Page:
Number of cork trees (n ha-1) 59 1500 539.9 234.1
Number of productive cork trees (n ha-1) 20 850 418.3 207.1
Tree diameter (cm) 10.0 32.0 24.0 5.1
Tree height (m) 3.0 10.0 6.2 1.3
Stand top height (m) 5.0 14.0 9.1 1.6
Basal area (m2 ha-1) 3.9 62.3 26.0 12.0
Basal area increment rate (%) 1.2 4.0 1.7 0.4
Above-ground tree carbon* (Mg ha-1) 7.4 110.7 47.5 22.9
Cork age (yr) 2 15 8.6 3.9
Cork thickness (cm) 0.5 9.0 3.1 1.6
Debarking height (cm) 100.0 170.0 118.4 14.0
Mean annual increment of cork mass (kg ha-1yr-1) 4.8 376.2 156.7 87.0

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Silvicultural options

The economic valuation experiment carried out here is in reference to the 73 sampled pure cork oak FMUs. The annual provision of the considered goods and services was first valued under current conditions. Furthermore, four stand density alternatives were designed resembling the standard models for pure stands of cork oak, as proposed by Vericat et al. ([42]). Distinctively, silvicultural options, which were aimed at stands with low (350 trees ha-1) or high (800 trees ha-1) number of cork productive trees, were devised. Starting from the current conditions of each FMU, the following two types of options were simulated: (i) a theoretical stand density (called OLDS with reference to the 350 trees ha-1 threshold and OHDS with reference to the 800 trees ha-1 threshold) where the number of cork productive trees in a stand is allowed to be reduced or increased without any constraint, and with the stand top height being constant; and (ii) a more realistic stand density (called CLDS with reference to the 350 trees ha-1 threshold and CHDS with reference to the 800 trees ha-1 threshold) where the number of trees and number of cork productive trees in a stand vary according to practically feasible short-term management, as described by Fig. 2.

Fig. 2 - Flow chart of the CLDS and CHDS silvicultural models. (NT): number of trees (NPT): number of cork productive trees. See text for further explanation.

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Supporting prediction models

Annual cork mass production and above-ground carbon stock

Two models were developed for predicting the sequestered above-ground carbon stock (AGC, expressed in Mg ha-1) and the annual increment of cork mass (AICORK, expressed in kg ha-1 yr-1) of pure cork oak stands, respectively. The annual cork production from a given FMU was modelled as the sum of the annual production (i.e., annual increment of cork) within a cycle by each productive tree in the FMU. The cork mass of each productive tree was assessed by cork thickness, debarking surface, and the application of a density coefficient of 240 kg m3 (⇒ http:/­/­www.­aqua-calc.­com/­page/­density-table/­substance/­cork-coma-and-blank-solid), while mean annual increment of cork mass was estimated by dividing cork mass by the number of cork rings.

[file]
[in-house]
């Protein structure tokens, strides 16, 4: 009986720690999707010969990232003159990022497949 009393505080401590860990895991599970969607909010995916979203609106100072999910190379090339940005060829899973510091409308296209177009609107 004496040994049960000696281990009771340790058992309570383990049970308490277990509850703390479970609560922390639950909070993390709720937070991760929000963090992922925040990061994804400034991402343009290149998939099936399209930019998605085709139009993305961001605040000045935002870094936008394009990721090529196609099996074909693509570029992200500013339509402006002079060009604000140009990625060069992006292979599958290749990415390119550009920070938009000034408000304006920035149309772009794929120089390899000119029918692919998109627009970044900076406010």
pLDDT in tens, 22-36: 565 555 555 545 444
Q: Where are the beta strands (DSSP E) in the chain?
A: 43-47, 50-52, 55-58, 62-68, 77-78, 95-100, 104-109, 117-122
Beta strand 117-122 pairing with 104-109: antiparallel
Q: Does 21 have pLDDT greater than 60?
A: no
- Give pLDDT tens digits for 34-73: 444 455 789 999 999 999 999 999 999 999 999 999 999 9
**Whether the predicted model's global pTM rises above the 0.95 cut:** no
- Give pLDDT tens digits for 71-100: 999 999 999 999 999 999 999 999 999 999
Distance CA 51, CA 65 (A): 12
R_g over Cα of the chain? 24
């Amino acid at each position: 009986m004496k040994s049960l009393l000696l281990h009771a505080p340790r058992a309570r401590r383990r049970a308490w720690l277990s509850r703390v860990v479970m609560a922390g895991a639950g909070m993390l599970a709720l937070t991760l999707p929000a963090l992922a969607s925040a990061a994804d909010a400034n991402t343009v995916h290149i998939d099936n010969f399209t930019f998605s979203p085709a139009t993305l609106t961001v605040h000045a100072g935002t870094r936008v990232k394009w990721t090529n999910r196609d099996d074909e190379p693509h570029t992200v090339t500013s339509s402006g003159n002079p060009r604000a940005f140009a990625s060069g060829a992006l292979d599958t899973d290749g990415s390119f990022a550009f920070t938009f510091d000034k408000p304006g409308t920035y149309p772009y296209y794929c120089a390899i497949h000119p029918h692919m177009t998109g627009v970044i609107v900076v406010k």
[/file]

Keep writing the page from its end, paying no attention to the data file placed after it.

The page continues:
Model development was based on the evidence extracted from data recorded in the surveyed FMUs. Since most stands are characterized by composite structures, (i) stand age cannot be conceived as a suitable predictor, and (ii) stand basal area increment proved to be a rather constant proportion (1.7%) of stand basal area, without any significant decrement at increasing values of basal area (Pearson’s correlation coefficient between stand basal area increment and stand basal area is r = -0.172, p = 0.15; no significant correlation was found even after considering the transformations of stand basal area according to power values 0.5, 2, and -1). Such a constant increment rate of 0.017 yr-1 can be safely extended to biomass and carbon stock increment. In addition, (iii) under the range of conditions of the surveyed stands, the annual cork increment of individual trees was not influenced by the total number of trees in the stand (r = -0.128, p = 0.28; no significant correlation was found even considering the transformations of total number of trees according to power values 0.5, 2 and -1) or by the cork age (r = 0.038, p = 0.75; no significant correlation was found even considering the transformations of cork age according to power values 0.5, 2 and -1), while it was significantly correlated (r = 0.352, p < 0.01) to the stand top height (the mean height of the dominant trees in a stand), which is taken as an indicator of site productive capacity in uneven-aged stands ([44]); (iv) annual increment of cork mass at stand level was significantly correlated to the stand top height (r = 0.442, p < 0.001) and the total number of productive trees in the stand (r = 0.811, p < 0.001); (v) above-ground carbon stock at stand level was significantly correlated to the stand top height (r = 0.290, p = 0.01) and the number of trees (r = 0.721, p < 0.001); (vi) stand basal area proved to be highly correlated to the number of trees (r = 0.777, p < 0.001), the number of productive trees (r = 0.665, p < 0.001), and the stand top height (r = 0.272, p = 0.02).